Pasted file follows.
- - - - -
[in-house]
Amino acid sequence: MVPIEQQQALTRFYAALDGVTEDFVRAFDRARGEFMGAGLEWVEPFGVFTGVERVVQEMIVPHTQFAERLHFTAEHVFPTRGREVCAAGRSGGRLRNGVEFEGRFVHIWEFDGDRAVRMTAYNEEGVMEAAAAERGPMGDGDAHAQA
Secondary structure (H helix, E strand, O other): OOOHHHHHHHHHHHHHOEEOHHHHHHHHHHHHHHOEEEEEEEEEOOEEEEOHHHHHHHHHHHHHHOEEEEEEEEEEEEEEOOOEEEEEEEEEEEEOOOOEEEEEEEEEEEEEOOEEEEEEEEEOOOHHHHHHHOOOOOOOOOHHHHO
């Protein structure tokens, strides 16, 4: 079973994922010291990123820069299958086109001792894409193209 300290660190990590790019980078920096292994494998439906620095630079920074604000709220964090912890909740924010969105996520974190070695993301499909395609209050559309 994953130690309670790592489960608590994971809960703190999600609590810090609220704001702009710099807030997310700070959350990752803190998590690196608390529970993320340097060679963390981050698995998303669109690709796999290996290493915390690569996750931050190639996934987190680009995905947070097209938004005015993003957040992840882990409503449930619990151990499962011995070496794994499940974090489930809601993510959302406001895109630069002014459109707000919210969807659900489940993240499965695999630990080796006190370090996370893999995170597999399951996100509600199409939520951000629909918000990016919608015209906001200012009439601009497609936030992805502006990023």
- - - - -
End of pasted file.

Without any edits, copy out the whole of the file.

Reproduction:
[in-house]
Amino acid sequence: MVPIEQQQALTRFYAALDGVTEDFVRAFDRARGEFMGAGLEWVEPFGVFTGVERVVQEMIVPHTQFAERLHFTAEHVFPTRGREVCAAGRSGGRLRNGVEFEGRFVHIWEFDGDRAVRMTAYNEEGVMEAAAAERGPMGDGDAHAQA
Secondary structure (H helix, E strand, O other): OOOHHHHHHHHHHHHHOEEOHHHHHHHHHHHHHHOEEEEEEEEEOOEEEEOHHHHHHHHHHHHHHOEEEEEEEEEEEEEEOOOEEEEEEEEEEEEOOOOEEEEEEEEEEEEEOOEEEEEEEEEOOOHHHHHHHOOOOOOOOOHHHHO
């Protein structure tokens, strides 16, 4: 079973994922010291990123820069299958086109001792894409193209 300290660190990590790019980078920096292994494998439906620095630079920074604000709220964090912890909740924010969105996520974190070695993301499909395609209050559309 994953130690309670790592489960608590994971809960703190999600609590810090609220704001702009710099807030997310700070959350990752803190998590690196608390529970993320340097060679963390981050698995998303669109690709796999290996290493915390690569996750931050190639996934987190680009995905947070097209938004005015993003957040992840882990409503449930619990151990499962011995070496794994499940974090489930809601993510959302406001895109630069002014459109707000919210969807659900489940993240499965695999630990080796006190370090996370893999995170597999399951996100509600199409939520951000629909918000990016919608015209906001200012009439601009497609936030992805502006990023």